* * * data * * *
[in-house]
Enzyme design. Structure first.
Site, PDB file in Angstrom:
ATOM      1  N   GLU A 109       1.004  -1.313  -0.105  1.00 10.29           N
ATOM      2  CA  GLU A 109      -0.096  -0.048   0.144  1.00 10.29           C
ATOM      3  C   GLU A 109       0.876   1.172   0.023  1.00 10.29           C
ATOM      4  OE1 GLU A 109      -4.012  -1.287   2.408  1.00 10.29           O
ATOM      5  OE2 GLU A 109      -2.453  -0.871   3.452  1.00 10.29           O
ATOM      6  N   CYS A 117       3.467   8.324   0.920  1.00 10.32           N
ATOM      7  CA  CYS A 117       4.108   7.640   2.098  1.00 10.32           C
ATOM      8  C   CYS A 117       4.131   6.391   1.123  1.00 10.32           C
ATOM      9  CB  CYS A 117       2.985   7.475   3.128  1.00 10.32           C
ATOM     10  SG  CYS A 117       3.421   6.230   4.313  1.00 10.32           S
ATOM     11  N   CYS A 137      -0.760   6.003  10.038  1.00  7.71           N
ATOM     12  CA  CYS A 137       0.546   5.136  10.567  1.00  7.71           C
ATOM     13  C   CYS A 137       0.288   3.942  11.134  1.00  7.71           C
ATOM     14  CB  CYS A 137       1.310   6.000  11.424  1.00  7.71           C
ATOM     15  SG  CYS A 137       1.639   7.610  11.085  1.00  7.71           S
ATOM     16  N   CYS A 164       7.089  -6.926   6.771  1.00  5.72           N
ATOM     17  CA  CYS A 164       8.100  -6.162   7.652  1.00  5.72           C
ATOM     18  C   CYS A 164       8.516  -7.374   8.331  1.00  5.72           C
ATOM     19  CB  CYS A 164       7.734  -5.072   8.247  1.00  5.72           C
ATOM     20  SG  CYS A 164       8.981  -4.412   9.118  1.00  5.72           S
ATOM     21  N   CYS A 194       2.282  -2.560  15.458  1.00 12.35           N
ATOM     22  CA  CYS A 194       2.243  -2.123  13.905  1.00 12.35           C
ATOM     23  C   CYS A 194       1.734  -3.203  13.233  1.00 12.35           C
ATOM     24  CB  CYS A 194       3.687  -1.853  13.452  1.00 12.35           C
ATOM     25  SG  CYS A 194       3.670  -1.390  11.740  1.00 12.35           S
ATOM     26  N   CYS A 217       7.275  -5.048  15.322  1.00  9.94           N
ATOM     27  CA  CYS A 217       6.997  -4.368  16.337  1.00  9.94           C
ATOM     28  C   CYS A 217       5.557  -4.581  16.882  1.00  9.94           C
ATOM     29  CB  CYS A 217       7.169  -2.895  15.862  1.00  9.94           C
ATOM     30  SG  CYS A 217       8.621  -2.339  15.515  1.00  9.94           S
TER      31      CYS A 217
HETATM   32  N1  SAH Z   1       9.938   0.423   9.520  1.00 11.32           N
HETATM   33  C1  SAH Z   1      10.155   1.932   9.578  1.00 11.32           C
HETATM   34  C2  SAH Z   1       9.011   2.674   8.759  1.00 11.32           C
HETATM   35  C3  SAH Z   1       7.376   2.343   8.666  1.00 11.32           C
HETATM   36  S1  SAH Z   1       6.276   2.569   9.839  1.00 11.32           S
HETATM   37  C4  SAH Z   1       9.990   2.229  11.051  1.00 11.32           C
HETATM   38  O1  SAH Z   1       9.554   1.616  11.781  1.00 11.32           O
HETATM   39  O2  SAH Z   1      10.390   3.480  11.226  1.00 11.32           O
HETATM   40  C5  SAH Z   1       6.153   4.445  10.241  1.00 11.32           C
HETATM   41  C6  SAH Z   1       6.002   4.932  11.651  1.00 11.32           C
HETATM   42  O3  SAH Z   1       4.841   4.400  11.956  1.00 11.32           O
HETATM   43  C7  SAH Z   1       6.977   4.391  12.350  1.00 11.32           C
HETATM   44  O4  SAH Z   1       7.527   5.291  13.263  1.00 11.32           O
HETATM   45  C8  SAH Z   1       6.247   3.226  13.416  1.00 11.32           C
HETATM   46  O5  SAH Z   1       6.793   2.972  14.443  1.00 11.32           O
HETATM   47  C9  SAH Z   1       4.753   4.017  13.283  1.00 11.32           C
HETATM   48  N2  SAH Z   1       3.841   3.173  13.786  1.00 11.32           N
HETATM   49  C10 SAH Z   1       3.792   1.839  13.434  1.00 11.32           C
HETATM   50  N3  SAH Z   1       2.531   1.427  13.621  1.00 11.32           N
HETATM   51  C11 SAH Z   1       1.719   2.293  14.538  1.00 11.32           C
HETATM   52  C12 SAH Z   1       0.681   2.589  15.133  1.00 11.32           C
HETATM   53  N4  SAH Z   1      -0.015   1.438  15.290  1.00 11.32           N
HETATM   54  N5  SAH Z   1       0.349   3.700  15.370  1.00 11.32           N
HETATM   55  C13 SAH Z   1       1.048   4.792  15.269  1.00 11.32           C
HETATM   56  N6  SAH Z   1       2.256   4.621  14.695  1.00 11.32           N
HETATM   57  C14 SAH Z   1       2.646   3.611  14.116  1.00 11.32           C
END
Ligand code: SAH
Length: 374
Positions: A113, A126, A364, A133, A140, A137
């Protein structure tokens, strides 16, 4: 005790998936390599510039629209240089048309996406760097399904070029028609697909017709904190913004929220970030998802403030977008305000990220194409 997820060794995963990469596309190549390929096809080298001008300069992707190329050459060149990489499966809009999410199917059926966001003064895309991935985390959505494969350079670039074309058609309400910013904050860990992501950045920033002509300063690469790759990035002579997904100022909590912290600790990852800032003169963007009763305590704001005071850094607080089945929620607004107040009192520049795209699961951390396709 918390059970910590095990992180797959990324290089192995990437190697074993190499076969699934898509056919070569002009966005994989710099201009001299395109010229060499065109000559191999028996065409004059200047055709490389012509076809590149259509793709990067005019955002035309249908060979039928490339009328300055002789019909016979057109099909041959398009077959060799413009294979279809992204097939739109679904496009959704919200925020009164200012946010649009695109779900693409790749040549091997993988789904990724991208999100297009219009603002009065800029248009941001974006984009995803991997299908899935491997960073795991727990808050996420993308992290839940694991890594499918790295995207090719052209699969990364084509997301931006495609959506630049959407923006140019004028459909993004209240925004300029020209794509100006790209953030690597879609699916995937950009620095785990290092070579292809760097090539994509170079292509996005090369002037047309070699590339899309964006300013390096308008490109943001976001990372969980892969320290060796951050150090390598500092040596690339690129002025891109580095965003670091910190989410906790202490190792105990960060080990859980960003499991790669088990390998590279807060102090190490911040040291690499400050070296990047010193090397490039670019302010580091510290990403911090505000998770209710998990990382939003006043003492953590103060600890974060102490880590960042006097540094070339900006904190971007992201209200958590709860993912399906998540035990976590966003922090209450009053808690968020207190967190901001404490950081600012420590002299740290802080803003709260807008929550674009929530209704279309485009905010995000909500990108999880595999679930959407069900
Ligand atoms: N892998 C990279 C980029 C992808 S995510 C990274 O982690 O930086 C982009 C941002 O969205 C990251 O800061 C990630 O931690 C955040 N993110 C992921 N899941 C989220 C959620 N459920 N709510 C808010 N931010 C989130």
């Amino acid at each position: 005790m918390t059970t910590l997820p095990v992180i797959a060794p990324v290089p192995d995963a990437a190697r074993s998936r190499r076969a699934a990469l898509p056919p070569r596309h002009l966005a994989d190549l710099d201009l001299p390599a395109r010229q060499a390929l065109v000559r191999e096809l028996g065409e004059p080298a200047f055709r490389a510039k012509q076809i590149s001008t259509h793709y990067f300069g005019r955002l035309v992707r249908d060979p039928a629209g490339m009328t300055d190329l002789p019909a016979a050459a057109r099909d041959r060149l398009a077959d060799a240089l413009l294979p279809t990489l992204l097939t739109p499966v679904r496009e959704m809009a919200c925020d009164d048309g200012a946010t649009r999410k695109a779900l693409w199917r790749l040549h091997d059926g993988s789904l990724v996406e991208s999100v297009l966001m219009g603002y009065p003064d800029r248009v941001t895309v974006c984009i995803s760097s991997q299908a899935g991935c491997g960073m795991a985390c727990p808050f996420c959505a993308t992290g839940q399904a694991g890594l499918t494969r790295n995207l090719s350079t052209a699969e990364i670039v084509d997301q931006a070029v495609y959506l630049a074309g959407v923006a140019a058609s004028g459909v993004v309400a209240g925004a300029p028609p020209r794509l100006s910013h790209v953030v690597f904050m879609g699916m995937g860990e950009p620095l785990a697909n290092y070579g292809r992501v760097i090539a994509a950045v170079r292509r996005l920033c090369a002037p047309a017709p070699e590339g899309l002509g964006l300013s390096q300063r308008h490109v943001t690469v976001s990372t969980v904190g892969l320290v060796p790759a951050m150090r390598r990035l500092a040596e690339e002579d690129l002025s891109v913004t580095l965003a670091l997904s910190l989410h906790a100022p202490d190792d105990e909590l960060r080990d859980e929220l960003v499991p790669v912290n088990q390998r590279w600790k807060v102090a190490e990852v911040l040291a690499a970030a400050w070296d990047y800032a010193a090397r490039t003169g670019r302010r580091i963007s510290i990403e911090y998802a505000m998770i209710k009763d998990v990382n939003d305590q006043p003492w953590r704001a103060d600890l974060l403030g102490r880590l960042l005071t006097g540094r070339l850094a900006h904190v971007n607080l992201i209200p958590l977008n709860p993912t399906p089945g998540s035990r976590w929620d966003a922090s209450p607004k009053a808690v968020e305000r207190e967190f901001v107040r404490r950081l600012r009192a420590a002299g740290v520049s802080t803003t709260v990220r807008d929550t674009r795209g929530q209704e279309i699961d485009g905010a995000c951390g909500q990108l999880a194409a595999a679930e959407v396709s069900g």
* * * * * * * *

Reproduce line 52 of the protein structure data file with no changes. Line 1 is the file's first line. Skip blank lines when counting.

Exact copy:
HETATM   49  C10 SAH Z   1       3.792   1.839  13.434  1.00 11.32           C